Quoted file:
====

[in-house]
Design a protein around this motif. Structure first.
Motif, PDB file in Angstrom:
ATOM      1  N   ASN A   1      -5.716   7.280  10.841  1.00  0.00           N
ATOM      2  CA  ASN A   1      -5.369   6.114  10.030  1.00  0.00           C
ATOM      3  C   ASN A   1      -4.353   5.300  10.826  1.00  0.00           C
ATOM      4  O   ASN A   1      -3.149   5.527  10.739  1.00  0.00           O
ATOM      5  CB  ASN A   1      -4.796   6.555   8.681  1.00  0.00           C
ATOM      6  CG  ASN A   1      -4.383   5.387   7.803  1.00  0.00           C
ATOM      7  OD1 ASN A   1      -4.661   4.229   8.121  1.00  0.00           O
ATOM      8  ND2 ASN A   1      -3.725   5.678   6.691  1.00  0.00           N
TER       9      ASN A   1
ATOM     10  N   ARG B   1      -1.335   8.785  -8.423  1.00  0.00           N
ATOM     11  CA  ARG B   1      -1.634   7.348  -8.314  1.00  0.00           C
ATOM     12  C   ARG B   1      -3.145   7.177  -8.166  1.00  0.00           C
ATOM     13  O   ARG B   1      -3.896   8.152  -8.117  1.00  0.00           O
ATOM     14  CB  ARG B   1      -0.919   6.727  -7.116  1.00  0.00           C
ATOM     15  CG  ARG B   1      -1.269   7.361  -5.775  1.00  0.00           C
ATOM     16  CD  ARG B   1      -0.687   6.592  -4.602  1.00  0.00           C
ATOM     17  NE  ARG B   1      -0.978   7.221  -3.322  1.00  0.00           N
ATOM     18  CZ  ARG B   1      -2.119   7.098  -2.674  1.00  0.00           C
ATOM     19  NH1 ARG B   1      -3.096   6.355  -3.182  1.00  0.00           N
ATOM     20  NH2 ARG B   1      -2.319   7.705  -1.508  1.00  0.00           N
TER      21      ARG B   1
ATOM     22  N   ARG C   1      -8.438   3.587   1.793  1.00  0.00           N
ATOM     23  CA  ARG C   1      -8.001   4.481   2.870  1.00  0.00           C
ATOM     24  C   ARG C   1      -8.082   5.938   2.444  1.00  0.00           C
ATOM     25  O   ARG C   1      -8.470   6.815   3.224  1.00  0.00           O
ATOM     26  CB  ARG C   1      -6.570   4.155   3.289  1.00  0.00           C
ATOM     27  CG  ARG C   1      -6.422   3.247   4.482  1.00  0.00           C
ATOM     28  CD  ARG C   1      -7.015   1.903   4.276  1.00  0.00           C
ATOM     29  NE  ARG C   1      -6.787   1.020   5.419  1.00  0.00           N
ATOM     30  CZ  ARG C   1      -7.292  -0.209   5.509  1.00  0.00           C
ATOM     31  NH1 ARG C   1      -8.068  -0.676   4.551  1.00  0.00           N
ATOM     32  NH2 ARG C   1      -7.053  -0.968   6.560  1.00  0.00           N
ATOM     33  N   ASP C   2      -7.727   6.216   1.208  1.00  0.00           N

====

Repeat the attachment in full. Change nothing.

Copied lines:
[in-house]
Design a protein around this motif. Structure first.
Motif, PDB file in Angstrom:
ATOM      1  N   ASN A   1      -5.716   7.280  10.841  1.00  0.00           N
ATOM      2  CA  ASN A   1      -5.369   6.114  10.030  1.00  0.00           C
ATOM      3  C   ASN A   1      -4.353   5.300  10.826  1.00  0.00           C
ATOM      4  O   ASN A   1      -3.149   5.527  10.739  1.00  0.00           O
ATOM      5  CB  ASN A   1      -4.796   6.555   8.681  1.00  0.00           C
ATOM      6  CG  ASN A   1      -4.383   5.387   7.803  1.00  0.00           C
ATOM      7  OD1 ASN A   1      -4.661   4.229   8.121  1.00  0.00           O
ATOM      8  ND2 ASN A   1      -3.725   5.678   6.691  1.00  0.00           N
TER       9      ASN A   1
ATOM     10  N   ARG B   1      -1.335   8.785  -8.423  1.00  0.00           N
ATOM     11  CA  ARG B   1      -1.634   7.348  -8.314  1.00  0.00           C
ATOM     12  C   ARG B   1      -3.145   7.177  -8.166  1.00  0.00           C
ATOM     13  O   ARG B   1      -3.896   8.152  -8.117  1.00  0.00           O
ATOM     14  CB  ARG B   1      -0.919   6.727  -7.116  1.00  0.00           C
ATOM     15  CG  ARG B   1      -1.269   7.361  -5.775  1.00  0.00           C
ATOM     16  CD  ARG B   1      -0.687   6.592  -4.602  1.00  0.00           C
ATOM     17  NE  ARG B   1      -0.978   7.221  -3.322  1.00  0.00           N
ATOM     18  CZ  ARG B   1      -2.119   7.098  -2.674  1.00  0.00           C
ATOM     19  NH1 ARG B   1      -3.096   6.355  -3.182  1.00  0.00           N
ATOM     20  NH2 ARG B   1      -2.319   7.705  -1.508  1.00  0.00           N
TER      21      ARG B   1
ATOM     22  N   ARG C   1      -8.438   3.587   1.793  1.00  0.00           N
ATOM     23  CA  ARG C   1      -8.001   4.481   2.870  1.00  0.00           C
ATOM     24  C   ARG C   1      -8.082   5.938   2.444  1.00  0.00           C
ATOM     25  O   ARG C   1      -8.470   6.815   3.224  1.00  0.00           O
ATOM     26  CB  ARG C   1      -6.570   4.155   3.289  1.00  0.00           C
ATOM     27  CG  ARG C   1      -6.422   3.247   4.482  1.00  0.00           C
ATOM     28  CD  ARG C   1      -7.015   1.903   4.276  1.00  0.00           C
ATOM     29  NE  ARG C   1      -6.787   1.020   5.419  1.00  0.00           N
ATOM     30  CZ  ARG C   1      -7.292  -0.209   5.509  1.00  0.00           C
ATOM     31  NH1 ARG C   1      -8.068  -0.676   4.551  1.00  0.00           N
ATOM     32  NH2 ARG C   1      -7.053  -0.968   6.560  1.00  0.00           N
ATOM     33  N   ASP C   2      -7.727   6.216   1.208  1.00  0.00           N